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Uber drivers to get minimum wage, paid holidays and pension in the UK

Uber drivers to get minimum wage, paid holidays and pension in the UK

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One month after Uber lost a legal battle in the UK that started off in 2016, over drivers’ status, the US firm says it will give its 70,000 drivers in the UK a guaranteed minimum wage, paid holidays and even pensions. 

The ride-hailing giant said drivers would earn at least the UK’s minimum Wage, paid to the over-25s, of £8.72 an hour. Uber representatives told the BBC it did not expect the change in drivers’ conditions to result in higher fares. Bates Wells lawyer Rachel Mathieson, who represented Uber drivers fighting for worker rights, called it “a very significant milestone”. 

In UK’s Supreme Court hearing, Uber had argued it was a third-party booking agent, and its drivers were self-employed but the court ruled its drivers were workers, a category that means they are entitled to minimum legal wage, holiday and pension rights. The company is being challenged by its drivers in multiple countries over whether they should be classed as workers or self-employed.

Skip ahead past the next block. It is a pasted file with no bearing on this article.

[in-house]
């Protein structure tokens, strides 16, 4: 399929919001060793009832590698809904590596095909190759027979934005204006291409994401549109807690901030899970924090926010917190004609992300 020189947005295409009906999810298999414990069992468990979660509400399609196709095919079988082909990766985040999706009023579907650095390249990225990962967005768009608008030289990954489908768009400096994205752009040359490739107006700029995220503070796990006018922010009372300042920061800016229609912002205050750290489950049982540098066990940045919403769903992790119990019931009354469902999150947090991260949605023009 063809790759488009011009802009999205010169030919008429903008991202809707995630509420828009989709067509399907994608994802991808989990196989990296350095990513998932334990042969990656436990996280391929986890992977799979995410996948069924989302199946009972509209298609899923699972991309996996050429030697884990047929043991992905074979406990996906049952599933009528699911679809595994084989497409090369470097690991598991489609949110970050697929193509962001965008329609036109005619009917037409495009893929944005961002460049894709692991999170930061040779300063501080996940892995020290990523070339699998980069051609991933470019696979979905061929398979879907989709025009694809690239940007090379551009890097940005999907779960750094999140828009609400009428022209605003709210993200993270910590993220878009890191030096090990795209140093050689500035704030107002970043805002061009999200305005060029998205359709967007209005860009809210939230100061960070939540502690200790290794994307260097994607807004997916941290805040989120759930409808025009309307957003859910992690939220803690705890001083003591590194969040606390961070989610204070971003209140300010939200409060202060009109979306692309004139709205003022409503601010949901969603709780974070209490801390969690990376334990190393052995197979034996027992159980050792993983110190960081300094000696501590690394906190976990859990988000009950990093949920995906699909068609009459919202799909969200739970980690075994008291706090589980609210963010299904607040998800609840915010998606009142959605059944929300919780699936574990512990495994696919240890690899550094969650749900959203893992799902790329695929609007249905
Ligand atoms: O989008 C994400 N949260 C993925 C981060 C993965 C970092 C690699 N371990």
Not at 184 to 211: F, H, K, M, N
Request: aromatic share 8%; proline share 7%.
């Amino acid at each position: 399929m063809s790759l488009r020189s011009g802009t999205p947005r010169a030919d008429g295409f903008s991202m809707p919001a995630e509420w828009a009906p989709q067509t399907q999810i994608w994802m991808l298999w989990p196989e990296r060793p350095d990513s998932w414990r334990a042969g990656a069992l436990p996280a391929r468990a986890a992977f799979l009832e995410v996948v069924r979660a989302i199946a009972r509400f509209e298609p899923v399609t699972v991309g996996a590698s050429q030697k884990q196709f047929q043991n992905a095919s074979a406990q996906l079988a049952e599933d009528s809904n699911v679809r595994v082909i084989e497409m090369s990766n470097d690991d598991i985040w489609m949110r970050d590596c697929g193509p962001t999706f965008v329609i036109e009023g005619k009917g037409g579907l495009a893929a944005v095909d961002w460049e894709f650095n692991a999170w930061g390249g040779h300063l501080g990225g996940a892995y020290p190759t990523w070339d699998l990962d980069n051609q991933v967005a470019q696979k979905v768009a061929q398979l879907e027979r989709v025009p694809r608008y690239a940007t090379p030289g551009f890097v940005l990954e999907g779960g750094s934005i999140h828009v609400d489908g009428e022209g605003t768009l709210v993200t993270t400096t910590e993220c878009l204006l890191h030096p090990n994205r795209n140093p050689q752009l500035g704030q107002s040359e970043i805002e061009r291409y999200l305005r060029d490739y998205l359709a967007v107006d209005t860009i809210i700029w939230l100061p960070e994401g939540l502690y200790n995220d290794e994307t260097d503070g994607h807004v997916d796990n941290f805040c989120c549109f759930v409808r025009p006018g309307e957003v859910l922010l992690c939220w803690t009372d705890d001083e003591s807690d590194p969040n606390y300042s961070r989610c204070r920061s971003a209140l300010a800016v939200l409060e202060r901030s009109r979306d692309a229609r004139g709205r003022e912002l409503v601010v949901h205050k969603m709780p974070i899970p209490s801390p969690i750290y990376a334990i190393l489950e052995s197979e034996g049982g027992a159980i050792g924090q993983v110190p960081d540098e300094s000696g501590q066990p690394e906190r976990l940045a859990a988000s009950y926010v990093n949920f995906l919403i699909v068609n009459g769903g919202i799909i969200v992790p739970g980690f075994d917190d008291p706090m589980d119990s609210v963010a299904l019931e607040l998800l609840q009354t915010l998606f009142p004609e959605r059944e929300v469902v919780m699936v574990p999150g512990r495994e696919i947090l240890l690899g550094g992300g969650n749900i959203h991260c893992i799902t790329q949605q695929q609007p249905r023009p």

The company said the new rates would come on top of free insurance to cover sickness, injury and maternity and paternity payments which have been in place for all drivers since 2018. 

Uber Pakistan: 

While workers and union leaders in the UK have won a major battle against the tech giant, dynamics in Pakistan are a lot more complicated than that because the minimum wage in the country (2020-2021) is currently set at Rs17,500 a month which is far below the recommended Rs25,000/month. 

Uber drivers cannot simply demand the company to pay them the minimum wage for the number of hours and amount of work they are putting in since it’s barely enough for a living. 

Moreover, most of the uber drivers in Pakistan don’t actually own the vehicles that they drive, they are mere drivers hired on a monthly basis and paid even less than the minimum wage in the country. The vehicle owners sometimes take away their hard-earned bonuses as well and only pay them after deducting the fuel, maintenance cost and profit for themselves. 

These vulnerable drivers are the ones the company should take care of in order to make their platform beneficial for not just the middle and upper middle class but also the underprivileged ones. 

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